A Miniature Odyssey

Miniature Gaming Reviews, Tutorials & Musings

Organized Chaos: Chaos Sentinels WIP — January 9, 2017

Organized Chaos: Chaos Sentinels WIP

Supporting the Chaos Basilisk troop we have their Forward Observer team; three armoured sentinels.

The paint scheme follows the same process used for the Basilisk troop albeit on a smaller scale.

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Again these have been collecting dust since the first iteration of Apocalypse. I like the models but simply never got around to them. Ah, the old days where even plastic kits came with metal components; in this case the front ‘headlight’ assembly. Having wished they were initially the armoured variety, metal mesh normally used in sculpture was added to create the ‘safety cage’.

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Textured diamond pattern styrene was cut from sheets to add the ‘roof’.

Always thinking the weapons were far to small for the gun-heavy 40K universe, I replaced them with the Autocannons that come with the Astra Militarum Heavy Weapons Squad.

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The lead vehicle has the Chaos component of the Command Sprue attached to the roof while the remaining vehicles have shields attached to their roofs care of the Age of Sigmar Chaos Marauders set.

Finally some hooks and spikes were added from the Chaos Rhino sprue.

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Next up they, along with the Basilisk troop will be mightily weathered befitting the used and abused yet functional nature of this particular Renegade Cohort.

Organized Chaos: Chaos Basilisk WIP — January 1, 2017

Organized Chaos: Chaos Basilisk WIP

Cheers to 10,000 Years of Human Erosion: Heretical Basilisk Conversions

This trio of Basilisk Artillery Tanks was purchased a long time ago. In fact, they were purchased as a set when the very first edition of Apocalypse was released. Compared to modern pricing they were a steal; set price, from a US online retailer. Those were the days.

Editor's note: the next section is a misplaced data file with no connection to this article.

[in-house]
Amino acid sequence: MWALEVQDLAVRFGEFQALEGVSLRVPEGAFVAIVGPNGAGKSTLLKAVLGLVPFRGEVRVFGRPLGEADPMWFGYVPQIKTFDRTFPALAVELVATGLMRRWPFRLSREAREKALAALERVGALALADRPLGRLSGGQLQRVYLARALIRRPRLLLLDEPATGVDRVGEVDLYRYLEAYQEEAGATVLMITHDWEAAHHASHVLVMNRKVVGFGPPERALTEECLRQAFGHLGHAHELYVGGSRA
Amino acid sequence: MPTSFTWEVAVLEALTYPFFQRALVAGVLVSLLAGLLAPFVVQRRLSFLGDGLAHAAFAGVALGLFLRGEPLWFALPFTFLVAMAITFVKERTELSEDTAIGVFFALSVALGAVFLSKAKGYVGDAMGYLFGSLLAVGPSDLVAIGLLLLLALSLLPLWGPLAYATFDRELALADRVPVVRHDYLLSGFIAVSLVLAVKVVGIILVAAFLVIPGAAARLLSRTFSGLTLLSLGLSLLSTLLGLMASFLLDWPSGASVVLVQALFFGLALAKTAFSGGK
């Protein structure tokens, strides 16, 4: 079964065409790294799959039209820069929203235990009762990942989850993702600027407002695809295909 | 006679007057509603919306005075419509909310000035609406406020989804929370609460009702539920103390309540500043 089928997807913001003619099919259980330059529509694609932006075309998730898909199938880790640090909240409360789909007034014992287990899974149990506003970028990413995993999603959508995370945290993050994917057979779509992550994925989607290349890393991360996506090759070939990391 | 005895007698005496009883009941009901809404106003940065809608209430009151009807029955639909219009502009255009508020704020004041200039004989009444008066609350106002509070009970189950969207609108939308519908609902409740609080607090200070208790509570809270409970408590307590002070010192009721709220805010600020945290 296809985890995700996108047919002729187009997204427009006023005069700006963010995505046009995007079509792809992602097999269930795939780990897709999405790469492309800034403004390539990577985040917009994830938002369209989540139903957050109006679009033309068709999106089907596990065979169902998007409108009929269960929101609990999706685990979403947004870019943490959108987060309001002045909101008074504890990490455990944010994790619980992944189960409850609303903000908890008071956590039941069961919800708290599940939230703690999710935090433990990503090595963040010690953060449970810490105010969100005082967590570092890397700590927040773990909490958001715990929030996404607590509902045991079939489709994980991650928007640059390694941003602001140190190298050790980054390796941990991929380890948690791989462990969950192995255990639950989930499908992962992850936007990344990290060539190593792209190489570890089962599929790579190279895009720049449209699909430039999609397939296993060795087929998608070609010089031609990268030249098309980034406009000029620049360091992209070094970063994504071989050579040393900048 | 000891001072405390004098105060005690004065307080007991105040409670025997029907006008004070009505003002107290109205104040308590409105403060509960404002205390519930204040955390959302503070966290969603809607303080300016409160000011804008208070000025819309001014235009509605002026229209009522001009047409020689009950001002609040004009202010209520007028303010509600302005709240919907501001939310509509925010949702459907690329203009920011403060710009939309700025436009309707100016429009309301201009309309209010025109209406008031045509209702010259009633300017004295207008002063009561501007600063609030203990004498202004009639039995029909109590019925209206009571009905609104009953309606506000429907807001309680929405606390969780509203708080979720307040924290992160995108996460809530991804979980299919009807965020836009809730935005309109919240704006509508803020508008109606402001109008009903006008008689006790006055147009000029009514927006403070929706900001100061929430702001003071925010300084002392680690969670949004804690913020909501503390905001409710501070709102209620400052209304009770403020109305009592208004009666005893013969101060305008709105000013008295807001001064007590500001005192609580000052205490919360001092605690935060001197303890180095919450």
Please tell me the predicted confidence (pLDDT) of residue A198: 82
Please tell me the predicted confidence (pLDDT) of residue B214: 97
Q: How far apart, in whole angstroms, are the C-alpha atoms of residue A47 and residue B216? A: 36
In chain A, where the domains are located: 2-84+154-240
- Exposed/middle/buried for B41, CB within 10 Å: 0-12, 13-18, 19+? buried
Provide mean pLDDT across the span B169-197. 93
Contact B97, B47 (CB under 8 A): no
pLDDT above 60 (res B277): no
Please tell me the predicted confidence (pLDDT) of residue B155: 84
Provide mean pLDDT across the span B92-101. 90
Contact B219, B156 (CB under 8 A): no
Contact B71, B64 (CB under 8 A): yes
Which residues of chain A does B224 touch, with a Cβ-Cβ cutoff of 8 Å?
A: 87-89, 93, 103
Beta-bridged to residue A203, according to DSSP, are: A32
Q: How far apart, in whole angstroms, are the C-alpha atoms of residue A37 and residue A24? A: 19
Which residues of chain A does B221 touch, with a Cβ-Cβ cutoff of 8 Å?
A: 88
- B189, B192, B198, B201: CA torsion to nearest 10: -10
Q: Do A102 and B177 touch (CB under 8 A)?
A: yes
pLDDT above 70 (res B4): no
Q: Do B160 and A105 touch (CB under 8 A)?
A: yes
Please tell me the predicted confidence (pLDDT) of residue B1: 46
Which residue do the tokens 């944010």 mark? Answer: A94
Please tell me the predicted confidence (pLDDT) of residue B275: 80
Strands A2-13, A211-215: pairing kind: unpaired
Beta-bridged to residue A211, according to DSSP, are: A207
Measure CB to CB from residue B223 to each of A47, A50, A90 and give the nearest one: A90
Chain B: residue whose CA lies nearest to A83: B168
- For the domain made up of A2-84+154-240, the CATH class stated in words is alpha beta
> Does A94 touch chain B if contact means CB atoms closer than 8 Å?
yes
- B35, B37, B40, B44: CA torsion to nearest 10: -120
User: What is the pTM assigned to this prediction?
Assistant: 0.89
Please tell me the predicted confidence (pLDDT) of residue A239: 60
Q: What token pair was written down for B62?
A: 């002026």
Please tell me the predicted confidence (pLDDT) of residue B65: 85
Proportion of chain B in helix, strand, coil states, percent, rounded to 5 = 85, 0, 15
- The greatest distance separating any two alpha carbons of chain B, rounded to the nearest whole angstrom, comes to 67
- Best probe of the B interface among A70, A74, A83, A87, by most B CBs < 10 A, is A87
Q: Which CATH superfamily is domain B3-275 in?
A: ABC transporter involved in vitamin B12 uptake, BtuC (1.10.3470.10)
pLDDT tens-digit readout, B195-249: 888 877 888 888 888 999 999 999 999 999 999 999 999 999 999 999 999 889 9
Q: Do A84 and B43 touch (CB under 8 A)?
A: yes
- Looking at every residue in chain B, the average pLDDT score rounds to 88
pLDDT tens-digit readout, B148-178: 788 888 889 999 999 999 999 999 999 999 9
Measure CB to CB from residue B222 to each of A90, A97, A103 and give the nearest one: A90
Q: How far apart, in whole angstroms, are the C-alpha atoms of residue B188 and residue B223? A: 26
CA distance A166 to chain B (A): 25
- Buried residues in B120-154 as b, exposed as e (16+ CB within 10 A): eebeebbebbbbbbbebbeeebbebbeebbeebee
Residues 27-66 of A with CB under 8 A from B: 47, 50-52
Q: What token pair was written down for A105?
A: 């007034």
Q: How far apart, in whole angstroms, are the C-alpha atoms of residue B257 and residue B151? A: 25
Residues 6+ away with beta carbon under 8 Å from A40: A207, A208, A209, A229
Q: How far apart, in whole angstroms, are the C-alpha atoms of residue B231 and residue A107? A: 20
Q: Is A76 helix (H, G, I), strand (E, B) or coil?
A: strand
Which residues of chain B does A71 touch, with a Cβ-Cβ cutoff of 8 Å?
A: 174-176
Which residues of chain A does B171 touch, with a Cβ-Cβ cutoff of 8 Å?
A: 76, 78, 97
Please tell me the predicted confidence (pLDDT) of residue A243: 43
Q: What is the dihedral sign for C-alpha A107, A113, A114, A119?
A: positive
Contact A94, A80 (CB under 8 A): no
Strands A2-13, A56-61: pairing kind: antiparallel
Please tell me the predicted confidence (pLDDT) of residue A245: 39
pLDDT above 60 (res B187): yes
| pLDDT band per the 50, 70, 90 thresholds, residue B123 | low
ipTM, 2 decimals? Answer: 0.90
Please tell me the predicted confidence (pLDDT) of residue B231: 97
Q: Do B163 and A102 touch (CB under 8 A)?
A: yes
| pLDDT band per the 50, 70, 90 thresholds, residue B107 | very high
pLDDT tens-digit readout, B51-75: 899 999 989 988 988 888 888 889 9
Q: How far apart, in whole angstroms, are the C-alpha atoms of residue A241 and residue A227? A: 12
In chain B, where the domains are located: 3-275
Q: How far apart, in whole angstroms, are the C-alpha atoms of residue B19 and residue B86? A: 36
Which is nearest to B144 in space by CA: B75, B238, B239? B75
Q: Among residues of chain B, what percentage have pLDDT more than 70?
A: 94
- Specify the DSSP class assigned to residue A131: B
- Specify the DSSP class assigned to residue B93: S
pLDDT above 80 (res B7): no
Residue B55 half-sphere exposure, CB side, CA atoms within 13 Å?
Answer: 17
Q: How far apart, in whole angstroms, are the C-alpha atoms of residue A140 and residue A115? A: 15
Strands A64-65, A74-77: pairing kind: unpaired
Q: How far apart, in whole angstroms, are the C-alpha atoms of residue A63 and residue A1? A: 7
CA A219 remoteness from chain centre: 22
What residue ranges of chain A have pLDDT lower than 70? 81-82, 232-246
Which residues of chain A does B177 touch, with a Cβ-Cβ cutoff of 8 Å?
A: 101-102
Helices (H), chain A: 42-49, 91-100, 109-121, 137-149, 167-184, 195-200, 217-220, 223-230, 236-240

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The Basilisk is very much a love, hate model for me. I love them because a Basilisk was one of the first models vehicles I painted as a teenager. Although it was a terrible paint job there was still a level of satisfaction upon completion. The hate stems from its open-topped firing platform. I find that ghastly. This level of hate was increased upon discovery of the Forge World variant that is fully enclosed; the Armageddon Pattern Basilisk. That model is beautiful, but the result was my trio of Basilisks remained assembled, yet unpainted for years.

That was until I decided to divide my ever growing collection of Imperial Guard between those loyal to the Imperium of Man, and those opposed to it. I blame the Imperial Armour books involving the Siege of Vraks for showing an alternative to the conventional Imperial Guard. These tainted, rusty, bloodied, cultist versions of typically loyal vehicles offered a huge level of customization ideas to the fray.

As such my oft ignored Basilisks found new life, their open firing platforms now fitting perfectly with the heretical forces. These became as a result, my first attempt to convert vanilla models to servants of the Dark Gods.

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This conversion is fairly basic. As these vehicles would have once upon a time served loyal forces, I wanted their initial imperial motifs to be somewhat present as if lazily removed. As such a dremel was taken to the Imperial eagles found on the sides of the vehicle and on the top of the gun shield. I wanted to ensure the remainders of the winged eagles were still somewhat visible to ensure the look of a haphazard modification conducted by those more interested in fighting then presenting a tidy vehicle.